Start: 6:00 pm
From Spokane, where he teaches at Eastern Washington Universityand plays fiddle with John Reischman and the Jaybirds, comes Gregory Spatz with Inukshuk (Bellevue Literary Press), a book that powerfully looks at adolescenceand the Arctic north. "At its heart Inukshuk is about family. But Spatz has transfigured this beautifully told, wise story with history and myth, poetry and magic into something rarer, stranger and altogether amazing. A book that points unerringly true north." - Karen Joy Fowler.
Start: 7:00 pm
Co-presented with the WASHINGTON CENTER FOR THE BOOK AT THE SEATTLE PUBLIC LIBRARY. Drawing on his own long run as a successful business executive, and a determination to make a meaningful contribution to society, Gerald Chertavian, already a Big Brother since 1985, in 2000 founded Year Up (www.yearup.org)a program that helps offer those financially disadvantaged attain training, internships, employment, and mentoringthrough various, now-well-practiced ways. In A Year Up: How a Pioneering Program Teaches Young Adults Real Skills for Real Jobs with Real Success (Viking), he lays these principles out in engaging fashion. "Year Up founder and CEO Chertavian presents an intimate look, from inception to present, at both his unique program and its students ... Chertavian reveals the students' struggles and successes via the story of one of the program's classes ... With a touch of humor, the book most importantly shows what dedicated people and businesses are doing to make a difference today." - Publishers Weekly. Free admission is on a first-come, first-serve basis. Seattle Public Library is at 1000 Fourth Avenue (between Madison & Spring). For more information, please see www.spl.org or call (206) 386-4636.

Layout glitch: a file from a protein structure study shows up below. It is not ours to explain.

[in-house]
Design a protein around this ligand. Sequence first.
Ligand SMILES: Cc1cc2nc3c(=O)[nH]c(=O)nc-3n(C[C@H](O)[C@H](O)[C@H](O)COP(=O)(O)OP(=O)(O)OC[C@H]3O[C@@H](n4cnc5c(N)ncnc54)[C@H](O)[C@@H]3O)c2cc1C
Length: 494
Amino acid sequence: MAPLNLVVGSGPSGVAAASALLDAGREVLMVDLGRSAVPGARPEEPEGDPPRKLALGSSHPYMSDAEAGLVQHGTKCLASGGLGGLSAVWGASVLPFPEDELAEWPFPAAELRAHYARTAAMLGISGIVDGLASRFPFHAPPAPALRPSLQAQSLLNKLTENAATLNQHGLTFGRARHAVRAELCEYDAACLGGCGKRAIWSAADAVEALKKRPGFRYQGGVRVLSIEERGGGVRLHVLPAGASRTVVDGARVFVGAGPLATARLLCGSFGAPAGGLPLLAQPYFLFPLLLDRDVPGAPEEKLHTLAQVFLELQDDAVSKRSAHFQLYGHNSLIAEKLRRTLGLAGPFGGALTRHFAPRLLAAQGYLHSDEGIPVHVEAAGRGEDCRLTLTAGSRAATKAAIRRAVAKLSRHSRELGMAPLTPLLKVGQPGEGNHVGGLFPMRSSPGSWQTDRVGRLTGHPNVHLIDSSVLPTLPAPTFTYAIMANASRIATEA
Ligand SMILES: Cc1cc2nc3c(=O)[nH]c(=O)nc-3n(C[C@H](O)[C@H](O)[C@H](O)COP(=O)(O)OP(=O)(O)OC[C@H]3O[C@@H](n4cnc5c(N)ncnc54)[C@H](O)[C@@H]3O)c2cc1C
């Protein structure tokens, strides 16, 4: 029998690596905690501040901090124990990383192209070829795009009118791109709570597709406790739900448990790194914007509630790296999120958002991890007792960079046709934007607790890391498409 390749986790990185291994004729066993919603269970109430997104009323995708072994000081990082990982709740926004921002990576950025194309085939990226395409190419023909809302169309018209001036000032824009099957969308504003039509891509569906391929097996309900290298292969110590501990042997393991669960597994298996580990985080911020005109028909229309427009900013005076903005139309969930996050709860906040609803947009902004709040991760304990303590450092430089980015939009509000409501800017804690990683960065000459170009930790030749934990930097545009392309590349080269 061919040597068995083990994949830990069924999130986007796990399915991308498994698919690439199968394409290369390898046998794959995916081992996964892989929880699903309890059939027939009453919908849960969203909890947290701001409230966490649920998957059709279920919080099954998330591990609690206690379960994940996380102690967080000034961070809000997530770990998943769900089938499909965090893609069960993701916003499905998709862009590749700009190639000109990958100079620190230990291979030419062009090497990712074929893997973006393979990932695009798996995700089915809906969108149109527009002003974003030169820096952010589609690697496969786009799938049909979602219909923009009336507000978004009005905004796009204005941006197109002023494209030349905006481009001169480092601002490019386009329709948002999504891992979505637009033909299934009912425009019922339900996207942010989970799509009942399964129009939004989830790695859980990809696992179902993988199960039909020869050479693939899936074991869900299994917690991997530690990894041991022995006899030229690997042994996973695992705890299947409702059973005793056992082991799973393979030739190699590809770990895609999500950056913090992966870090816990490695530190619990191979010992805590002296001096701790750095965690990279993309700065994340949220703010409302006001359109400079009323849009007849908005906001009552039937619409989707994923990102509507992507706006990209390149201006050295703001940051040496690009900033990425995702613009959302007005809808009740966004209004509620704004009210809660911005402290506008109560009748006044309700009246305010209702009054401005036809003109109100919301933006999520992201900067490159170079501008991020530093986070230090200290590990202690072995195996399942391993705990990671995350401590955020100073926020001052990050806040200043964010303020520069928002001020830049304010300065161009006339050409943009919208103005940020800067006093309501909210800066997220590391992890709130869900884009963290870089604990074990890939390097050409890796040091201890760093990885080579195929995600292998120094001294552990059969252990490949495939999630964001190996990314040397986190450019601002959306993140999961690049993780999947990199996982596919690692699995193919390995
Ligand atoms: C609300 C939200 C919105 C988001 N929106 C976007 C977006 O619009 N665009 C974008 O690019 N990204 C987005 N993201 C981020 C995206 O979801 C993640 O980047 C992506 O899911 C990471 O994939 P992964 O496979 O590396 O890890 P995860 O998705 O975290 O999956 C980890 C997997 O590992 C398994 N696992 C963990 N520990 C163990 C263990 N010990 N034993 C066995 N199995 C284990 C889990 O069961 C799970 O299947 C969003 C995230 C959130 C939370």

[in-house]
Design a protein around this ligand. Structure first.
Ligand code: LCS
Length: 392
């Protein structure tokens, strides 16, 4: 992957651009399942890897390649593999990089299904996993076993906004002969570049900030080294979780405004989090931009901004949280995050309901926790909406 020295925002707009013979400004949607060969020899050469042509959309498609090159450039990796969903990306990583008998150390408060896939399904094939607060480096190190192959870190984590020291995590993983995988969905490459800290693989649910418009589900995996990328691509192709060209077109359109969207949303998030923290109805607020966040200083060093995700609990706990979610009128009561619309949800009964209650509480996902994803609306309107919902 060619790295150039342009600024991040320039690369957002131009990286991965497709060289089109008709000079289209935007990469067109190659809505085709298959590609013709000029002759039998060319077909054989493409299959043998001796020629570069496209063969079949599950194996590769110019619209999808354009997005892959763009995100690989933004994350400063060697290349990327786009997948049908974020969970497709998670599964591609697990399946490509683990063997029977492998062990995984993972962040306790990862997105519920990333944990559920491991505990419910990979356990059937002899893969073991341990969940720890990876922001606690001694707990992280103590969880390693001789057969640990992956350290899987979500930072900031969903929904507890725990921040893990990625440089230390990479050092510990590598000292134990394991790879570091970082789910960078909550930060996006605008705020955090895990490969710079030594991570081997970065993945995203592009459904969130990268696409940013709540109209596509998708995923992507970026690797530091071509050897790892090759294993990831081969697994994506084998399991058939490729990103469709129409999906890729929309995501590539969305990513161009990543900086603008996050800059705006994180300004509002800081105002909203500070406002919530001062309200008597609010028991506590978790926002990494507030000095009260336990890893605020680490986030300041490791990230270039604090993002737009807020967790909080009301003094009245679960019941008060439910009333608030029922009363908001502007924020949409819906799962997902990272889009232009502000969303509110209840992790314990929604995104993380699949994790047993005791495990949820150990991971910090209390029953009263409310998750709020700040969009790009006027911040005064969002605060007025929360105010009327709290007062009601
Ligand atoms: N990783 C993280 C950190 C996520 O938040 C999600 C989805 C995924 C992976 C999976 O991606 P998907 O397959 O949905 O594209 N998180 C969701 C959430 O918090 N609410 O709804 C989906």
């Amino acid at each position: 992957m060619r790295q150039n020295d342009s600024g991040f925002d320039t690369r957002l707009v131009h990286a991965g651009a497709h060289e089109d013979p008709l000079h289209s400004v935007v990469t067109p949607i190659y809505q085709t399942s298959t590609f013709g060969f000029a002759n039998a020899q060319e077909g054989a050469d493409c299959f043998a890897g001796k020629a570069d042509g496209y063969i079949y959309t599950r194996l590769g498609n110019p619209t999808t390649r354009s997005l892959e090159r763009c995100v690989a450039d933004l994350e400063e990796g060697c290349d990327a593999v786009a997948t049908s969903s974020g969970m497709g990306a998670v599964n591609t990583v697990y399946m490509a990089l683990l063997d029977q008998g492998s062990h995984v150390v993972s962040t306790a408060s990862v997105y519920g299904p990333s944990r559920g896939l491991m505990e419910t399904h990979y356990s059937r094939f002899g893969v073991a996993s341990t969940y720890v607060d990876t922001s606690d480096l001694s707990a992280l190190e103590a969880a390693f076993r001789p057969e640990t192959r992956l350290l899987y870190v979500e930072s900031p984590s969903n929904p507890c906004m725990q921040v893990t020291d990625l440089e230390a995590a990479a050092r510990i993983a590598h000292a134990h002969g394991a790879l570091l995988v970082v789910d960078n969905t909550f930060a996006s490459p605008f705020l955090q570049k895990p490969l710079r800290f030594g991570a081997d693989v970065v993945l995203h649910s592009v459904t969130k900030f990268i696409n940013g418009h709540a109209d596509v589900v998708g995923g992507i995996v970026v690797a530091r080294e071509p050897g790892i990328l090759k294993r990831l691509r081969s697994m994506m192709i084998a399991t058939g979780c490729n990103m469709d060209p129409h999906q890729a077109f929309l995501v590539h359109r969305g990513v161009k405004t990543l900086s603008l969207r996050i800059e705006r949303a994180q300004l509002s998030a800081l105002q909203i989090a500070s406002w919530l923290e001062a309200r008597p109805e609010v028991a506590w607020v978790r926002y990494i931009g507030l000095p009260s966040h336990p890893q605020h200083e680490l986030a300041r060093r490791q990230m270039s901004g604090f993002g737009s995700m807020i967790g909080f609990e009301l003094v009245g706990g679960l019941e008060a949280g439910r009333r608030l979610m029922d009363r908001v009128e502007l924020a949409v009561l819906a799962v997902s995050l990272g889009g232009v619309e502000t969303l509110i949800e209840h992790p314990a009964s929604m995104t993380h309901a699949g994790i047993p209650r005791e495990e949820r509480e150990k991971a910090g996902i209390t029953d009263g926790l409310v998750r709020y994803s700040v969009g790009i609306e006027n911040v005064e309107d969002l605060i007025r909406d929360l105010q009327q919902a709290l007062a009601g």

Start: 8:00 pm
Falling into place as this month is announced is this first Elliott Bay visit by heralded debut novelist Natalie Bakopoulos, who has been winning widespread acclaim for The Green Shore (Simon & Schuster). "The Green Shore is an engrossing novel about political oppression, played out on an intimate family scale. Bakopoulos charts the subtle, gnawing pressures of life under the Greek juntathe steady drip of daily coercionwith an exacting empathy. In particular, her depiction of love under tyrannyby turns hesitant, furtive, and liberatingis as astute as it is moving." - Peter Ho Davies. "The slow descent of political oppression and its invasion of private lifeboth these subjects are treated with insight and deep feeling in Natalie Bakopoulos ambitious novel. Her characters are 'on fire, exploding from the inside out,' and the all reveal themselves memorably ..." - Charles Baxter.